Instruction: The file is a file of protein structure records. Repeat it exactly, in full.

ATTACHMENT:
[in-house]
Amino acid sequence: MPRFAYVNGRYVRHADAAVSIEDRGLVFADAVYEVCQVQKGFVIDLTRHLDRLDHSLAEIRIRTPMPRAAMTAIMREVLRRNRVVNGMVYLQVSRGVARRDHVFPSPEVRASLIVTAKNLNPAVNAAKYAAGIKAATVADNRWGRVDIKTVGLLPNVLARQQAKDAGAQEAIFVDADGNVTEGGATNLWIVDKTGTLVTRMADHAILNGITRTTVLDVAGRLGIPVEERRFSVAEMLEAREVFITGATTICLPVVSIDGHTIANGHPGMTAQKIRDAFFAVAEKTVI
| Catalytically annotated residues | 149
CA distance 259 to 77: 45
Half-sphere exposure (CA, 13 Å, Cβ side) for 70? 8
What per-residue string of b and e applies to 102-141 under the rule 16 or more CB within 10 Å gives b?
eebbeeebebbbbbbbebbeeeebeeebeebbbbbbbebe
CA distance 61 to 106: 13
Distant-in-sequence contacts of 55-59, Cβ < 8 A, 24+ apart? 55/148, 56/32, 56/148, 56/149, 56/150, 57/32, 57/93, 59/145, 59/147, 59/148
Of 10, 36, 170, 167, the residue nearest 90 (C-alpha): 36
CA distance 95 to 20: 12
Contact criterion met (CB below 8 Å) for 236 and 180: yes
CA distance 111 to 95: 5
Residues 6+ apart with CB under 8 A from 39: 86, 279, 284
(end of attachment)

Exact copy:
[in-house]
Amino acid sequence: MPRFAYVNGRYVRHADAAVSIEDRGLVFADAVYEVCQVQKGFVIDLTRHLDRLDHSLAEIRIRTPMPRAAMTAIMREVLRRNRVVNGMVYLQVSRGVARRDHVFPSPEVRASLIVTAKNLNPAVNAAKYAAGIKAATVADNRWGRVDIKTVGLLPNVLARQQAKDAGAQEAIFVDADGNVTEGGATNLWIVDKTGTLVTRMADHAILNGITRTTVLDVAGRLGIPVEERRFSVAEMLEAREVFITGATTICLPVVSIDGHTIANGHPGMTAQKIRDAFFAVAEKTVI
| Catalytically annotated residues | 149
CA distance 259 to 77: 45
Half-sphere exposure (CA, 13 Å, Cβ side) for 70? 8
What per-residue string of b and e applies to 102-141 under the rule 16 or more CB within 10 Å gives b?
eebbeeebebbbbbbbebbeeeebeeebeebbbbbbbebe
CA distance 61 to 106: 13
Distant-in-sequence contacts of 55-59, Cβ < 8 A, 24+ apart? 55/148, 56/32, 56/148, 56/149, 56/150, 57/32, 57/93, 59/145, 59/147, 59/148
Of 10, 36, 170, 167, the residue nearest 90 (C-alpha): 36
CA distance 95 to 20: 12
Contact criterion met (CB below 8 Å) for 236 and 180: yes
CA distance 111 to 95: 5
Residues 6+ apart with CB under 8 A from 39: 86, 279, 284